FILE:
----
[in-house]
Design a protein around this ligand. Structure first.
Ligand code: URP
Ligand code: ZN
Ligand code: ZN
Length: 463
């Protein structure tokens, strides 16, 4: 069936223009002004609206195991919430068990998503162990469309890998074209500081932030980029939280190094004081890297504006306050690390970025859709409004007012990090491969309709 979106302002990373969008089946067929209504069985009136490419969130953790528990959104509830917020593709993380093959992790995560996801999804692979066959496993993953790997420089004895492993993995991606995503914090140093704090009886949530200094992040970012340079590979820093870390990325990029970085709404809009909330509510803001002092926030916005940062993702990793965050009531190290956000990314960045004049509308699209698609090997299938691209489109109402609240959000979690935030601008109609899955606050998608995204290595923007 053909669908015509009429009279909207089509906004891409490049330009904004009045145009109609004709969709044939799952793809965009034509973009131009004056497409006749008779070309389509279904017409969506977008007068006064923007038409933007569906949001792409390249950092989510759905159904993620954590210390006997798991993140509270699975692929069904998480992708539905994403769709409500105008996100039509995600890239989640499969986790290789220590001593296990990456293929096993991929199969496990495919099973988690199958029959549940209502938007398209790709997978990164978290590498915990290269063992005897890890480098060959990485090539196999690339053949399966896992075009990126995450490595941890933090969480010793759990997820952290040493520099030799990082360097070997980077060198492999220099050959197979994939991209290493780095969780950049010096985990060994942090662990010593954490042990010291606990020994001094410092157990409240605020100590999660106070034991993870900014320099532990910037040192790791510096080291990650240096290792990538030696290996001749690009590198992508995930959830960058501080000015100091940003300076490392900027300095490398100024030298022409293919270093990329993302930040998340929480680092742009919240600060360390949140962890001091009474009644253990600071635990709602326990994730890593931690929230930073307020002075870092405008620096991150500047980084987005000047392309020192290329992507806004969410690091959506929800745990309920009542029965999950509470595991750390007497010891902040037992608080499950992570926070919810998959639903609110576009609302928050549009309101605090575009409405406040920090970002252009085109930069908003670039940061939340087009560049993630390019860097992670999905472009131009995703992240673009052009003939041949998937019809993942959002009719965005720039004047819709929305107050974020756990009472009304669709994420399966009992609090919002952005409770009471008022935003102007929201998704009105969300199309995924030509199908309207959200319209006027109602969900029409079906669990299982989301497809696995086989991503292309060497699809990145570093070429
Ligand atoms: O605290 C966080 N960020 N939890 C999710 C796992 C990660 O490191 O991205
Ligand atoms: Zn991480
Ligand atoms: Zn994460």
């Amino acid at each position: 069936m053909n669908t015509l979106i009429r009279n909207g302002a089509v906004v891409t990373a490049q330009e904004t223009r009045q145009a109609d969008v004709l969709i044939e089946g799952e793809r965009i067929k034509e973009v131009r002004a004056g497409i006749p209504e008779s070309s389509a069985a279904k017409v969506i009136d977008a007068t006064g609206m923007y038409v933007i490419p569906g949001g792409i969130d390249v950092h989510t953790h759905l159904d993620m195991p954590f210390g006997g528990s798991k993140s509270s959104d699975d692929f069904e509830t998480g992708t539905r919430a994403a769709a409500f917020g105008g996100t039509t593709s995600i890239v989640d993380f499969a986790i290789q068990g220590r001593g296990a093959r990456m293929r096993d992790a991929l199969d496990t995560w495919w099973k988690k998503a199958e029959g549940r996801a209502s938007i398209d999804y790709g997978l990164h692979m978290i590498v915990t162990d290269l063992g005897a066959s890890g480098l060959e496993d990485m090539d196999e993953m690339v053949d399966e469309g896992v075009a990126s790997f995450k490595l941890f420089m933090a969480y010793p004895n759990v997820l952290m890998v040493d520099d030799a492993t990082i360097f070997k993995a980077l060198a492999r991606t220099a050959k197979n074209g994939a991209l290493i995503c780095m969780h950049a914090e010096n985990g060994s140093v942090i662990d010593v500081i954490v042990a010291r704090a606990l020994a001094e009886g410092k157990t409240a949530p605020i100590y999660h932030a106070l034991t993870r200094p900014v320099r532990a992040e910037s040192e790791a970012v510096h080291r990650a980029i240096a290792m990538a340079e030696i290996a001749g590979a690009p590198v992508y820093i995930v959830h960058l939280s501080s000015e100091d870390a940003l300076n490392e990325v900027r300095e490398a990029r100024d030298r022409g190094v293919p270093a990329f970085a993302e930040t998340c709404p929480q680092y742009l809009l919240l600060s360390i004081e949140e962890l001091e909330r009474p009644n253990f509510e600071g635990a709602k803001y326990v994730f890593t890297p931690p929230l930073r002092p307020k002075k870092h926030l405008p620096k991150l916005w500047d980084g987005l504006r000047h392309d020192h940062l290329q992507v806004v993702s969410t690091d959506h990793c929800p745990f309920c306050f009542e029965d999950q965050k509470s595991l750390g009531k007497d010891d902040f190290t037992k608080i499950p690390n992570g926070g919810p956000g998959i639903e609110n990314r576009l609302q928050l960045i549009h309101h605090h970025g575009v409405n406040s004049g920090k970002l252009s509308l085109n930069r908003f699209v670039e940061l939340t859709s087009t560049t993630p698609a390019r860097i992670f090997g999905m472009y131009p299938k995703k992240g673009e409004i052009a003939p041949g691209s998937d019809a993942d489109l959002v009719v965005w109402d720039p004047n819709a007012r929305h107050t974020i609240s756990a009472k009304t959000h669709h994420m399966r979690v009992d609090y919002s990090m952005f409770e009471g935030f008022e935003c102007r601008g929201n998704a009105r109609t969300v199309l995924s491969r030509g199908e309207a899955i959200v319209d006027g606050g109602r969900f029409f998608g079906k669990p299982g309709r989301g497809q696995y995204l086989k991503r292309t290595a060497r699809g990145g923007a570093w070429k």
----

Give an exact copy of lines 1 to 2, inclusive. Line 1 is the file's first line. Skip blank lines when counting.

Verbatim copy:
[in-house]
Design a protein around this ligand. Structure first.